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Fan-pandering antics rev up 'Idol' showcase

September 02, 2003|Greg Braxton | Times Staff Writer

It's "Apocalypse (Almost) Now" time in the world of pop music.

Madonna and Britney Spears smooch in front of a cheering throng at the MTV Video Music Awards. Self-proclaimed King of Pop Michael Jackson celebrates his 45th birthday with Jackson impersonators at a theater on a crumbling block of downtown Los Angeles.

And on Sunday, during "American Idols Live!" at the Arrowhead Pond, nerd-turned-dreamboat Clay Aiken pulled his boxer shorts down.

Well, they weren't exactly his boxers. The patterned briefs had been thrown on stage, along with a constant stream of flying panties and other undergarments. Picking them up warily, Aiken pulled them on over his white pants, the accessory to his white shirt and white coat. This was, after all, a part of the "American Idol" showcase, a G-rated franchise that at times makes the Brady Bunch Singers look like Marilyn Manson.

Still, when Aiken removed the boxers, it was as if he had really stripped, judging by the deafening crescendo of screams from elementary school girls, their mothers and grandmothers that erupted inside the sold-out arena.

For The Record
Los Angeles Times Wednesday September 03, 2003 Home Edition Main News Part A Page 2 1 inches; 37 words Type of Material: Correction
'Proud Mary' -- The version of "Proud Mary" that was mentioned in the review of the "American Idols Live!" concert in Tuesday's Calendar was the one made famous by Ike & Tina Turner, not Tina Turner alone.

Though he finished second in viewer voting to "American Idol" winner Ruben Studdard, Aiken was clearly the star attraction during the concert, another cog in the relentless merchandising and marketing machine of Fox's "American Idol" phenomenon. The two-month national tour of finalists from the second season made its final stop at the Pond.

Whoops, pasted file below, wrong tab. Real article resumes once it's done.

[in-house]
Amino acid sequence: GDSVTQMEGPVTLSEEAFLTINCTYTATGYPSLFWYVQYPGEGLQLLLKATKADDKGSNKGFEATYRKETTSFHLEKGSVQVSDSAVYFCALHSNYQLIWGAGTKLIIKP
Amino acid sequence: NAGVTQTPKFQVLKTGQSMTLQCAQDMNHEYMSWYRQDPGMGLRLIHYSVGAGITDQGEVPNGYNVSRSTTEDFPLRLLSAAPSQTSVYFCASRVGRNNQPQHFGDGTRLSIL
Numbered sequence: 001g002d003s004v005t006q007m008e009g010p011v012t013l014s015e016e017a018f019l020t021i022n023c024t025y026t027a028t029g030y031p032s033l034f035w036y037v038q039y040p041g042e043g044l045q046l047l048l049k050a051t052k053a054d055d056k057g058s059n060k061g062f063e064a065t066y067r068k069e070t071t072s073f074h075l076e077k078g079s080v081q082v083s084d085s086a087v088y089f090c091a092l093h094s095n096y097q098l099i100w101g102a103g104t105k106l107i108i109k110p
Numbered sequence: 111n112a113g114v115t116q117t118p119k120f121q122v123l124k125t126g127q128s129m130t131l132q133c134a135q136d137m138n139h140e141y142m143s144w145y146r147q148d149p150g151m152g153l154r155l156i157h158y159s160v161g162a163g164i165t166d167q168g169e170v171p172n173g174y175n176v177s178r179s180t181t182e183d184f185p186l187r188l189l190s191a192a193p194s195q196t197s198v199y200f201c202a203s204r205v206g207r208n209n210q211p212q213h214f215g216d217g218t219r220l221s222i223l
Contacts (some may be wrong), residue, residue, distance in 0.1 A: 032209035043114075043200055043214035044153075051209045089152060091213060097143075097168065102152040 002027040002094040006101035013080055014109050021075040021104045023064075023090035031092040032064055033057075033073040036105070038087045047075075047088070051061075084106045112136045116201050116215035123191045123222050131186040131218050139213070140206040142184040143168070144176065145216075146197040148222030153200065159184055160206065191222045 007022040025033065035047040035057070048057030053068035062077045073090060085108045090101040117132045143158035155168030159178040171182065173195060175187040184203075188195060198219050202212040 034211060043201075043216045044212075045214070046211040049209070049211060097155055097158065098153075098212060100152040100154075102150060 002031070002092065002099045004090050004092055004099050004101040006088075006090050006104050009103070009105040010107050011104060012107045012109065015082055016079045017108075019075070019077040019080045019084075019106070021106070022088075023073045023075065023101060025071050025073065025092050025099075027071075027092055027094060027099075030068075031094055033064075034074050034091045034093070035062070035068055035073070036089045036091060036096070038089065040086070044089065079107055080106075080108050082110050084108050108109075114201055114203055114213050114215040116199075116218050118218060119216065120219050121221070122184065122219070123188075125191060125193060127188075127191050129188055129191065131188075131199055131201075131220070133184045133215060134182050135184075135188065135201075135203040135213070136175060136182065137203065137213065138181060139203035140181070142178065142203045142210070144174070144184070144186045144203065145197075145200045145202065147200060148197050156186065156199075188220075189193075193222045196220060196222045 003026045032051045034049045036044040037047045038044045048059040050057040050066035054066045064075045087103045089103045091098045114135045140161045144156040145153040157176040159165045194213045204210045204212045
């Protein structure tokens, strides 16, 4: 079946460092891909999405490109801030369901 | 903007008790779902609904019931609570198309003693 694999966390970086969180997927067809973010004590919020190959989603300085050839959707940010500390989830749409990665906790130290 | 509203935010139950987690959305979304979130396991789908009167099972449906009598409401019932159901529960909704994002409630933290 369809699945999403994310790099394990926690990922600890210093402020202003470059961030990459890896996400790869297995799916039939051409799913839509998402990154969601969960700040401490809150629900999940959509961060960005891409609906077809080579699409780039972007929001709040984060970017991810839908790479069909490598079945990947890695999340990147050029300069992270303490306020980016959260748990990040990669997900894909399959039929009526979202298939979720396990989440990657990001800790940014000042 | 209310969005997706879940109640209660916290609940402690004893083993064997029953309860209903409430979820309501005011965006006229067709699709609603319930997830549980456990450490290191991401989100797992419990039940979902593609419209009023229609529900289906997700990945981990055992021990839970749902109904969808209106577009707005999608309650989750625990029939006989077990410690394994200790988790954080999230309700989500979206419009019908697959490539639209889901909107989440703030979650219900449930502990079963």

The nearly three-hour show was a super-sized version of the TV series, complete with all the fast-paced production, video montages, heavy-handed schmaltz and overwrought performances that have transformed "American Idol" into a cross-generational favorite. But on Sunday, non-devotees had to contend with the fact that the performers were allowed to sing entire songs instead of snippets, and there was no one like acerbic judge Simon Cowell around to give some of the singers a reality check.

The doubters were overwhelmingly outnumbered by the thousands of disciples who came to worship their "Idols," including Studdard, Aiken and seven other finalists, as they belted out standards and mainstream pop anthems. (Another finalist, U.S. Marine Joshua Gracin, was not allowed to report for duty on the national tour because of obligations to his military training).

And the adoration was nonstop. There was even a loud cheer for last year's "American Idol" runner-up Justin Guarini, whose recently released album sold dozens of copies, when his image was flashed on a screen. The finalists all got ample opportunity to soak in the cheers one more time before many of them slip back into the obscurity from which they came.

The majority of performances registered high on the bland scale. With the exception of Studdard and Aiken, the other male performers, Rickey Smith and Charlie Grigsby, were unimpressive. Trenyce (yes, she hasn't made it, but she still only has one name) was the best of the female finalists with a version of Tina Turner's "Proud Mary" that demonstrated both showmanship and strong lungs.

True to "American Idol" form, there were more than a few jaw-dropping moments. A "duel" in which the men sang "The Lady Is a Tramp" while the women belted out "Bootylicious" was surreal. Studdard hip-hopped through "No Reuben," a song off his upcoming album, where he paid tribute to "the barbershops -- the black man's country club."

But it was Aiken who turned the Pond into the House of Clay. While his colleagues strained to show off their talents, Aiken eased through his numbers with effortless poise and charisma. Though Studdard was crowned as the American Idol, it was clear from the resounding reaction to Aiken's every move who will likely come out as the real winner when his debut album is released in October.

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